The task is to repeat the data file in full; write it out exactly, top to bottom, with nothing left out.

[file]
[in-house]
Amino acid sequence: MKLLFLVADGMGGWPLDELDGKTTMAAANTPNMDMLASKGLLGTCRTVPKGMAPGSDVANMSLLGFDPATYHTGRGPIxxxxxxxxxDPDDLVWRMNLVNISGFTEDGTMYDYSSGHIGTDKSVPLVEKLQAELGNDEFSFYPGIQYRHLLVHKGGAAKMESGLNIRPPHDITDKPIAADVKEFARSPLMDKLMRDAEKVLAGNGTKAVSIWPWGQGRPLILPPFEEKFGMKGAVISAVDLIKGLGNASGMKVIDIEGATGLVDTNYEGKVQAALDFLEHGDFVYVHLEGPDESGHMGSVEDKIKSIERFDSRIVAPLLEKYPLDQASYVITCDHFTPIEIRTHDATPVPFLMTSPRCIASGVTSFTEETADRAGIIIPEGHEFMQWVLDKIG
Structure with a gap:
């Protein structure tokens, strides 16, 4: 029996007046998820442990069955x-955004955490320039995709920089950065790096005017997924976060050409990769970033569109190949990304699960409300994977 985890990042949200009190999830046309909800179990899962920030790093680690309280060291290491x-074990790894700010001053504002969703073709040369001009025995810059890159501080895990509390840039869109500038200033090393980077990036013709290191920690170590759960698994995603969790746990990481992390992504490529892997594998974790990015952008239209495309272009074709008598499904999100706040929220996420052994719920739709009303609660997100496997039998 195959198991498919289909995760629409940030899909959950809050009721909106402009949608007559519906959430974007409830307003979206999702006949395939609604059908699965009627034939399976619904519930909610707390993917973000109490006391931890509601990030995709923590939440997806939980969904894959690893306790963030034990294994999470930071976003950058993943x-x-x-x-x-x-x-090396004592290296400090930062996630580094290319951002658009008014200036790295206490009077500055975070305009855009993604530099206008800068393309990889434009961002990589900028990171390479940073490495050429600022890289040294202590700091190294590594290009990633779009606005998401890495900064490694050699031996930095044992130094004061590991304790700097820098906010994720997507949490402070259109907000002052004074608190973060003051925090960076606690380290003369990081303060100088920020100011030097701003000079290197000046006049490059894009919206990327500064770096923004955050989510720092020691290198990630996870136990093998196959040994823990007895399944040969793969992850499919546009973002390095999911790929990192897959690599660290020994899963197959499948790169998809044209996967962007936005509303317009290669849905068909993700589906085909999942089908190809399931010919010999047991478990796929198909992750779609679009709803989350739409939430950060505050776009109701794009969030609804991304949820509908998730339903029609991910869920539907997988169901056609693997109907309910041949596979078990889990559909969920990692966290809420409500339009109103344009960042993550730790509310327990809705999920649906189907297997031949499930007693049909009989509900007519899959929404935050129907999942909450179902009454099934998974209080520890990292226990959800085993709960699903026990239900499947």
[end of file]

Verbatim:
[in-house]
Amino acid sequence: MKLLFLVADGMGGWPLDELDGKTTMAAANTPNMDMLASKGLLGTCRTVPKGMAPGSDVANMSLLGFDPATYHTGRGPIxxxxxxxxxDPDDLVWRMNLVNISGFTEDGTMYDYSSGHIGTDKSVPLVEKLQAELGNDEFSFYPGIQYRHLLVHKGGAAKMESGLNIRPPHDITDKPIAADVKEFARSPLMDKLMRDAEKVLAGNGTKAVSIWPWGQGRPLILPPFEEKFGMKGAVISAVDLIKGLGNASGMKVIDIEGATGLVDTNYEGKVQAALDFLEHGDFVYVHLEGPDESGHMGSVEDKIKSIERFDSRIVAPLLEKYPLDQASYVITCDHFTPIEIRTHDATPVPFLMTSPRCIASGVTSFTEETADRAGIIIPEGHEFMQWVLDKIG
Structure with a gap:
């Protein structure tokens, strides 16, 4: 029996007046998820442990069955x-955004955490320039995709920089950065790096005017997924976060050409990769970033569109190949990304699960409300994977 985890990042949200009190999830046309909800179990899962920030790093680690309280060291290491x-074990790894700010001053504002969703073709040369001009025995810059890159501080895990509390840039869109500038200033090393980077990036013709290191920690170590759960698994995603969790746990990481992390992504490529892997594998974790990015952008239209495309272009074709008598499904999100706040929220996420052994719920739709009303609660997100496997039998 195959198991498919289909995760629409940030899909959950809050009721909106402009949608007559519906959430974007409830307003979206999702006949395939609604059908699965009627034939399976619904519930909610707390993917973000109490006391931890509601990030995709923590939440997806939980969904894959690893306790963030034990294994999470930071976003950058993943x-x-x-x-x-x-x-090396004592290296400090930062996630580094290319951002658009008014200036790295206490009077500055975070305009855009993604530099206008800068393309990889434009961002990589900028990171390479940073490495050429600022890289040294202590700091190294590594290009990633779009606005998401890495900064490694050699031996930095044992130094004061590991304790700097820098906010994720997507949490402070259109907000002052004074608190973060003051925090960076606690380290003369990081303060100088920020100011030097701003000079290197000046006049490059894009919206990327500064770096923004955050989510720092020691290198990630996870136990093998196959040994823990007895399944040969793969992850499919546009973002390095999911790929990192897959690599660290020994899963197959499948790169998809044209996967962007936005509303317009290669849905068909993700589906085909999942089908190809399931010919010999047991478990796929198909992750779609679009709803989350739409939430950060505050776009109701794009969030609804991304949820509908998730339903029609991910869920539907997988169901056609693997109907309910041949596979078990889990559909969920990692966290809420409500339009109103344009960042993550730790509310327990809705999920649906189907297997031949499930007693049909009989509900007519899959929404935050129907999942909450179902009454099934998974209080520890990292226990959800085993709960699903026990239900499947």